The people of Noah’s generation were known as a sinful generation. Yet it was a particular sin which did them in.Their sins included idol worship and bestiality. In fact, the relations between Man and Beast were so prevalent, that a full YEAR after being on the ark, when Noah sent out the male raven bird to find land, the bird only circled the ark. The Talmud tells us that the reason is that the raven was worried that Noah would kill him and take the female raven as his wife!
Yet, it was not due to bestiality that the entire world was destroyed. G-d clearly explains His reasons:
G-d said to Noah, “I have decided to put an end to all flesh, for the earth is filled with ‘hamas’ because of them… (Genesis 6:13)
Rashi (Rabbi Shlomo Yitzchaki 1040 – 1105) explains the word “hamas” as meaning “robbery”. People were stealing from each other, and it was ingrained into society. Everyone stole from everyone else.
While most people would correctly assume that bestiality and idol worship are more severe sins compared to stealing, G-d has patience with people who commit these sins, and He will wait for them to repent.
But G-d has no patience for people who steal – especially small amounts, which is what the generation at Noah’s time was doing. Why is stealing a small amount much worse? Imagine two people in an old-fashioned bank. The first is at the teller, and the teller has to excuse herself for a moment – leaving her drawer filled with cash within easy reach of this man. The second is sitting at the desk of the bank manager, who also has to excuse himself for a moment, leaving his cup filled with paper clips within easy reach of this other man. While it is forbidden to steal in both cases, one can understand the urge to steal the hundreds of dollars in the first case, and how difficult it might be to withhold. But in the second case, withholding from stealing some paper clips is something that anyone could do, so if this second person doesn’t hold himself back, he has done something worse than the first person who may have stolen something of significantly more value.
Noah’s generation stole small items and justified the theft (“it is only worth a penny” or perhaps “everyone is doing it, so what’s the big deal if I join in, too”). When one justifies theft, it becomes nearly impossible to atone for it.
Unfortunately, we are seeing similar theft in our societies, as bored teenagers form flash mobs which raid 7-Eleven stores, with each person stealing a small item such as a soda or a candy bar. The owner is then helpless, as the police won’t even try to catch the fifty teens who raided the store, and even if they did, the cost to recover $1.25 from each person would be too great:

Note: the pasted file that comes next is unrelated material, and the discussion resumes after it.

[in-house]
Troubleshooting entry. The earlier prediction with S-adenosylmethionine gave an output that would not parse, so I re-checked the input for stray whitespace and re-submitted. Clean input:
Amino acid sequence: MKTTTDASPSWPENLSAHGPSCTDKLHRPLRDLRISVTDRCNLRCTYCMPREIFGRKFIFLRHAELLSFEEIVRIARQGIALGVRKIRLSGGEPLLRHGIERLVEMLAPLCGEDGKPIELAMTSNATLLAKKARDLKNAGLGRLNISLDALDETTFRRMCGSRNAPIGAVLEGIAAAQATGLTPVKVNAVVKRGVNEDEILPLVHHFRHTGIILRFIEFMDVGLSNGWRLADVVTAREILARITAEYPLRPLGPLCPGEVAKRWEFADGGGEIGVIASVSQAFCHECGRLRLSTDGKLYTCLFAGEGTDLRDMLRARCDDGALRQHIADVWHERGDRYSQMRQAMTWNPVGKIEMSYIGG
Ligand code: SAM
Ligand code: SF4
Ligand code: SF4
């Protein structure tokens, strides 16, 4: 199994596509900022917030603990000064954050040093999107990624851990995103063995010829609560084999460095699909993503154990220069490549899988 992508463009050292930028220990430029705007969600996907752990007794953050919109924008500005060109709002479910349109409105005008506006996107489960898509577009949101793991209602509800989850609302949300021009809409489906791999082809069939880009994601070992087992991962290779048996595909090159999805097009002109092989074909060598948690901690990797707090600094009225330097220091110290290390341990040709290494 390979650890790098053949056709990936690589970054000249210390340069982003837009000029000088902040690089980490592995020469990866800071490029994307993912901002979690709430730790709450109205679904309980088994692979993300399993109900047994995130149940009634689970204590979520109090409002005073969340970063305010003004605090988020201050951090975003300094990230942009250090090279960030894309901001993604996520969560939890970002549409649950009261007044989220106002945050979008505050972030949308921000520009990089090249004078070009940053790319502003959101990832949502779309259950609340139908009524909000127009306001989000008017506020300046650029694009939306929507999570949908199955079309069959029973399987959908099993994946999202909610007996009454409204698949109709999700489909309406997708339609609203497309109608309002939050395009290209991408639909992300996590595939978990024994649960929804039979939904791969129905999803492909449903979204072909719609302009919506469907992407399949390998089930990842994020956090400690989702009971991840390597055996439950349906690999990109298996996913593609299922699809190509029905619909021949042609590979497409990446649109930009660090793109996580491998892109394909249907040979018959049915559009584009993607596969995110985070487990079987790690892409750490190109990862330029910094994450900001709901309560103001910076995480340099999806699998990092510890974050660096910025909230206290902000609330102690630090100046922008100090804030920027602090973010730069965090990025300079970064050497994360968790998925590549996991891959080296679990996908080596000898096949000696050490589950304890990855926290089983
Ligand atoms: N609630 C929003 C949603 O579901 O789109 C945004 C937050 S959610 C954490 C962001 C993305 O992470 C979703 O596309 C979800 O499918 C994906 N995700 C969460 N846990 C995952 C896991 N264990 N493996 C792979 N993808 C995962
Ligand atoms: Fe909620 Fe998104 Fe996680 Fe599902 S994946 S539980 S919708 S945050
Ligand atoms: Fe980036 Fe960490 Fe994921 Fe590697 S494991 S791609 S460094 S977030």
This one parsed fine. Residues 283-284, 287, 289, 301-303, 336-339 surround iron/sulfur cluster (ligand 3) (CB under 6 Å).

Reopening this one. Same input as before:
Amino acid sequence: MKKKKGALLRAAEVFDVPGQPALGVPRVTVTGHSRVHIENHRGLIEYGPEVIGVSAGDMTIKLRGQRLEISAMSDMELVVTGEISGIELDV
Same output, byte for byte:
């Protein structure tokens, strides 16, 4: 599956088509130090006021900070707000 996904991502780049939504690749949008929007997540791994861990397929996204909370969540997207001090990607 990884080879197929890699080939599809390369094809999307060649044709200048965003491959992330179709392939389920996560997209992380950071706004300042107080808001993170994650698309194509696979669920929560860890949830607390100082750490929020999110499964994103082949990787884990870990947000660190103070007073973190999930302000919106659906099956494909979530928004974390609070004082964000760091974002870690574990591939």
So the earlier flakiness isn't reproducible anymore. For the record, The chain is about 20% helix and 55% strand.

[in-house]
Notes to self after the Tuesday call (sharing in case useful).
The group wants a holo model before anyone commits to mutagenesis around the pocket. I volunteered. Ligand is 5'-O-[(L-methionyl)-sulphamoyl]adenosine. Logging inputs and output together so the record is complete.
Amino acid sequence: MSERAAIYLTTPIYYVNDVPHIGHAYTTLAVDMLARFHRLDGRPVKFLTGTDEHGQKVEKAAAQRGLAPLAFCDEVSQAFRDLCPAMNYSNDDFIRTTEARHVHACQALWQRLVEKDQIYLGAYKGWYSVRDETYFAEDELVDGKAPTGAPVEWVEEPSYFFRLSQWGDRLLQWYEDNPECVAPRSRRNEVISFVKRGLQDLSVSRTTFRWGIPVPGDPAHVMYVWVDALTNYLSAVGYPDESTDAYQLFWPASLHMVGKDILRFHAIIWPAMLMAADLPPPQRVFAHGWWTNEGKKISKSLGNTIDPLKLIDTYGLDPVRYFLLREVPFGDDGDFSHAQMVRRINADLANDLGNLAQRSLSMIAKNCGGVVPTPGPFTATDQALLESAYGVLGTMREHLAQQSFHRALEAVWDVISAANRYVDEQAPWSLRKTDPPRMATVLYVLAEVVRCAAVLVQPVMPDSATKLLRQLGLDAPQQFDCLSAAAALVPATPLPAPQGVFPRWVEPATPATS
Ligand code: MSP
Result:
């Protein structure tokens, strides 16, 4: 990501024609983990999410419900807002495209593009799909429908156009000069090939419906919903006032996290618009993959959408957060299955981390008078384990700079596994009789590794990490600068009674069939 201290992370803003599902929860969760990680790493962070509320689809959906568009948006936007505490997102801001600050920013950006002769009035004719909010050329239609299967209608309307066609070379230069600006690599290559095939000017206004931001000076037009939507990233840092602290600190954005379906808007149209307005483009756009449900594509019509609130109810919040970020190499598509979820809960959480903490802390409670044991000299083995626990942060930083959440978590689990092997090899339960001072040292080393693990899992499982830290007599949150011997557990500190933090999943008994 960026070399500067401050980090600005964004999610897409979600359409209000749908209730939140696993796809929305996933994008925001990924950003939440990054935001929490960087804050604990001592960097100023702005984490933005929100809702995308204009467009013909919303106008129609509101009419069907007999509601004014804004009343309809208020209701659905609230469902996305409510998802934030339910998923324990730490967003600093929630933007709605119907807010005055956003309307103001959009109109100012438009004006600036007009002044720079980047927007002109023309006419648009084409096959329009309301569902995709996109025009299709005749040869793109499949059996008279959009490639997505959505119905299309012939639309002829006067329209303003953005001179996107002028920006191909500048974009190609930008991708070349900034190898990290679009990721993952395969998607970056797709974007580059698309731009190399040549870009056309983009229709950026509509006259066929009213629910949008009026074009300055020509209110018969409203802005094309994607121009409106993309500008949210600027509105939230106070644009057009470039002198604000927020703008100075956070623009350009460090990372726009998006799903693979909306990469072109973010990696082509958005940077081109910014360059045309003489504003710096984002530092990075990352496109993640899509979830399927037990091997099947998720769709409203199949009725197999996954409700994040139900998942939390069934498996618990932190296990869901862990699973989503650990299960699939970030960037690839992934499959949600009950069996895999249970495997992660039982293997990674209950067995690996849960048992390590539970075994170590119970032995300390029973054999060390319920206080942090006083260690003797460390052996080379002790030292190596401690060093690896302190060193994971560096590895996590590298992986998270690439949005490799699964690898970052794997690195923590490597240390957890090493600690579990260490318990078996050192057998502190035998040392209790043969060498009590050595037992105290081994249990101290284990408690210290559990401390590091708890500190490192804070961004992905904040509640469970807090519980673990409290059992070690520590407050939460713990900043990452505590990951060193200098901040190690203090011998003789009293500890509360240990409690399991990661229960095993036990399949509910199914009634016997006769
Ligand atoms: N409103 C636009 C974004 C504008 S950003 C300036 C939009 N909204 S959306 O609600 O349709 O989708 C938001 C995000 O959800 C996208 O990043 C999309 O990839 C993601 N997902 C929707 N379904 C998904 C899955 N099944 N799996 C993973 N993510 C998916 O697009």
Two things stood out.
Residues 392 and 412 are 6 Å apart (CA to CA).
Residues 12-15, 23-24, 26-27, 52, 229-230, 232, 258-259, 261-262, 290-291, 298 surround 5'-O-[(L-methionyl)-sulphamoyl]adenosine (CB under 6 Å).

The attitude of many great Jews is the complete opposite of this. They go out of their way to ensure that nothing that has even a scent of theft comes into their possession.
Rabbi Yisroel Brog tells over an incident that he heard from his Rabbi, Rabbi Meir Soloveichik: His father, The Brisker Rov (1886-1959), was teaching a class in his home and his watch stopped working. One of his children went upstairs to the bedroom and found a watch from a sibling on the dresser and proudly brought it to his father. But his father looked at it and asked, “Where did you get this?” When he understood that this son was trying to give him his sibling’s watch which was borrowed without permission, he got all excited and demanded that the watch be taken away from him, as it was potentially stolen. The excuse of “if my brother had been there he would have jumped at the opportunity to lend a watch to his father” was irrelevant to the Brisker Rov, as the Rov didn’t want to be associated with any object that even had a question of theft.
Rabbi Brog told another story about his father-in-law: Before the wedding, the groom was promised a gold watch, and his father-in-law to-be bought this watch for this purpose. But before the gift was presented, the future father-in-law died, and the watch became part of his estate. All the children said, “Take the watch!” but the groom refused because some of the children were below bar mitzvah, and as such Jewish law precludes them from gifting their possessions to someone else. The groom waited until the last child turned thirteen, at which time he confirmed with all the children that they were giving up the watch freely to him. This groom didn’t want to be party to anything that even resembled theft.
Too many people today are not careful with theft. Let us all try to work our best to at least avoid theft of the small things – things that we don’t need to survive and things which are easy enough to buy with our own pocket change. Let us not become like the generation of Noah!